title: Deploying Pulsar on Kubernetes tags: [Kubernetes, Google Container Engine]

Pulsar can be easily deployed in Kubernetes clusters, either in managed clusters on Google Container Engine or Amazon Web Services or in custom clusters.

The deployment method shown in this guide relies on YAML definitions for Kubernetes resources. The [kubernetes]({{ site.pulsar_repo }}/kubernetes) subdirectory of the Pulsar package holds resource definitions for:

  • A two-{% popover bookie %} {% popover BookKeeper %} cluster
  • A three-node {% popover ZooKeeper %} cluster
  • A three-{% popover broker %} Pulsar {% popover cluster %}
  • A monitoring stack consisting of Prometheus, Grafana, and the Pulsar dashboard
  • A pod from which you can run administrative commands using the pulsar-admin CLI tool


To get started, install a source package from the downloads page.

{% include admonition.html type=‘warning’ content=“Please note that the Pulsar binary package will not contain the necessary YAML resources to deploy Pulsar on Kubernetes.” %}

If you'd like to change the number of bookies, brokers, or ZooKeeper nodes in your Pulsar cluster, modify the replicas parameter in the spec section of the appropriate Deployment or StatefulSet resource.

Pulsar on Google Container Engine

Google Container Engine (GKE) automates the creation and management of Kubernetes clusters in Google Compute Engine (GCE).


To get started, you'll need:

Create a new Kubernetes cluster

You can create a new GKE cluster using the container clusters create command for gcloud. This command enables you to specify the number of nodes in the cluster, the machine types of those nodes, and more.

As an example, we'll create a new GKE cluster for Kubernetes version 1.6.4 in the us-central1-a zone. The cluster will be named pulsar-gke-cluster and will consist of three VMs, each using two locally attached SSDs and running on n1-standard-8 machines. These SSDs will be used by {% popover bookie %} instances, one for the BookKeeper journal and the other for storing the actual message data.

$ gcloud container clusters create pulsar-gke-cluster \
  --zone=us-central1-a \
  --machine-type=n1-standard-8 \
  --num-nodes=3 \
  --local-ssd-count=2 \

By default, bookies will run on all the machines that have locally attached SSD disks. In this example, all of those machines will have two SSDs, but you can add different types of machines to the cluster later. You can control which machines host bookie servers using labels.


You can observe your cluster in the Kubernetes Dashboard by downloading the credentials for your Kubernetes cluster and opening up a proxy to the cluster:

$ gcloud container clusters get-credentials pulsar-gke-cluster \
  --zone=us-central1-a \
$ kubectl proxy

By default, the proxy will be opened on port 8001. Now you can navigate to localhost:8001/ui in your browser to access the dashboard. At first your GKE cluster will be empty, but that will change as you begin deploying Pulsar components.

Pulsar on Amazon Web Services

You can run Kubernetes on Amazon Web Services (AWS) in a variety of ways. A very simple way that was recently introduced involves using the Kubernetes Operations (kops) tool.

You can find detailed instructions for setting up a Kubernetes cluster on AWS here.

When you create a cluster using those instructions, your kubectl config in ~/.kube/config (on MacOS and Linux) will be updated for you, so you probably won't need to change your configuration. Nonetheless, you can ensure that kubectl can interact with your cluster by listing the nodes in the cluster:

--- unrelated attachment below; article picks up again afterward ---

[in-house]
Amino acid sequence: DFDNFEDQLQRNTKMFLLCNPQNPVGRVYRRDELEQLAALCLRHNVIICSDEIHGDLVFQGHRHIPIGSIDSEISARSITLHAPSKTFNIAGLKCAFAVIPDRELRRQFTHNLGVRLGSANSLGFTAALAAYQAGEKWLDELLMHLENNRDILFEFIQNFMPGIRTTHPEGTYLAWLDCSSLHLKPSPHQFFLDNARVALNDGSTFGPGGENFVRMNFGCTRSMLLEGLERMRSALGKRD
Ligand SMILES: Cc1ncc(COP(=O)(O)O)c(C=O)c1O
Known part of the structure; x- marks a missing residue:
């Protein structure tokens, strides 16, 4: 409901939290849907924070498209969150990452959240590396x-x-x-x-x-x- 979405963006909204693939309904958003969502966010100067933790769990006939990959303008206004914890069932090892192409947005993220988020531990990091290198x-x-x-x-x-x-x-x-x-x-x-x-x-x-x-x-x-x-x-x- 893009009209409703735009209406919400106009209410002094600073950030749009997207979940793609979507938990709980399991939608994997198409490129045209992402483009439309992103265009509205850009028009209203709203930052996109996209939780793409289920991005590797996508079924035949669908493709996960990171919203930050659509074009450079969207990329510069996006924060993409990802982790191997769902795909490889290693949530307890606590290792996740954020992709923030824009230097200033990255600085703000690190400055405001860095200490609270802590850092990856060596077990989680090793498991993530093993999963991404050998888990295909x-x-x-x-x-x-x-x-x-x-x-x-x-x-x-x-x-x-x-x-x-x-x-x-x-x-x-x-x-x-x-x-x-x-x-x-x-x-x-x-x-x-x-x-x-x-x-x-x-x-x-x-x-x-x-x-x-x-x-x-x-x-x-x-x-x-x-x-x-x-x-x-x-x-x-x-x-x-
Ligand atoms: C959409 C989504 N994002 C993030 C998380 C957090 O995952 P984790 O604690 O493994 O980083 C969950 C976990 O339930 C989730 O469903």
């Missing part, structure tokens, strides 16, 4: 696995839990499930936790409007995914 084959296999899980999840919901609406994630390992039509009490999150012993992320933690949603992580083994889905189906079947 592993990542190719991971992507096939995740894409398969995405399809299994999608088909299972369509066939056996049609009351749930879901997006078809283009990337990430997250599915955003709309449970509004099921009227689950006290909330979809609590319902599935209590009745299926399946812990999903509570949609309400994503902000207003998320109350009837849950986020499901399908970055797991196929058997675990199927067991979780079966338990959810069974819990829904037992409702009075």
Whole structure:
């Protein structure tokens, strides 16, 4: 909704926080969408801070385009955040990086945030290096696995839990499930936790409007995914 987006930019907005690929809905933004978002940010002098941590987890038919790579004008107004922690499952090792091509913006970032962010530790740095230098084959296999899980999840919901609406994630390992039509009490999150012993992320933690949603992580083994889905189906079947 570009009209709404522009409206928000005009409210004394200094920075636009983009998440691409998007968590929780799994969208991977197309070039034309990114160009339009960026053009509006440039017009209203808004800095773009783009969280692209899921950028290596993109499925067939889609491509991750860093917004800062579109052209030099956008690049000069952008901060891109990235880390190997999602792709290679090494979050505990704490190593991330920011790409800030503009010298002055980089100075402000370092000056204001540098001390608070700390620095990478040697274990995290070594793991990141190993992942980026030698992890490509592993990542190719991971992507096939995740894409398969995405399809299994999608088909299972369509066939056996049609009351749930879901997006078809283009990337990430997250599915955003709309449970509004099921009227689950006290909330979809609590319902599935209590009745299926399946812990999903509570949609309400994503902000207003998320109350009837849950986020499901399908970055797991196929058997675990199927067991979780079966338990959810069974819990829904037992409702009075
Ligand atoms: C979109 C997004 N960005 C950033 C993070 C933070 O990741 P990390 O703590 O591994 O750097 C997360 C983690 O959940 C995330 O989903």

$ kubectl get nodes

If kubectl is working with your cluster, you can proceed to deploy Pulsar components.

Pulsar on a custom Kubernetes cluster

Pulsar can be deployed on a custom, non-GKE Kubernetes cluster as well. You can find detailed documentation on how to choose a Kubernetes installation method that suits your needs in the Picking the Right Solution guide in the Kubernetes docs.

Local cluster

The easiest way to run a Kubernetes cluster is to do so locally. To install a mini local cluster for testing purposes, running in local VMs, you can either:

  1. Use minikube to run a single-node Kubernetes cluster
  2. Create a local cluster running on multiple VMs on the same machine

For the second option, follow the instructions for running Kubernetes using CoreOS on Vagrant. We'll provide an abridged version of those instructions here.

First, make sure you have Vagrant and VirtualBox installed. Then clone the repo and start up the cluster:

$ git clone https://github.com/pires/kubernetes-vagrant-coreos-cluster
$ cd kubernetes-vagrant-coreos-cluster

# Start a three-VM cluster
$ NODES=3 USE_KUBE_UI=true vagrant up

Create SSD disk mount points on the VMs using this script:

$ for vm in node-01 node-02 node-03; do
    NODES=3 vagrant ssh $vm -c "sudo mkdir -p /mnt/disks/ssd0"
    NODES=3 vagrant ssh $vm -c "sudo mkdir -p /mnt/disks/ssd1"

{% popover Bookies %} expect two logical devices to mount for journal and persistent message storage to be available. In this VM exercise, we created two directories on each VM.

Once the cluster is up, you can verify that kubectl can access it:

$ kubectl get nodes
NAME           STATUS                     AGE       VERSION   Ready,SchedulingDisabled   10m       v1.6.4   Ready                      8m        v1.6.4   Ready                      6m        v1.6.4   Ready                      4m        v1.6.4


In order to use the Kubernetes Dashboard with your local Kubernetes cluster, first use kubectl to create a proxy to the cluster:

$ kubectl proxy

Now you can access the web interface at localhost:8001/ui. At first your local cluster will be empty, but that will change as you begin deploying Pulsar components.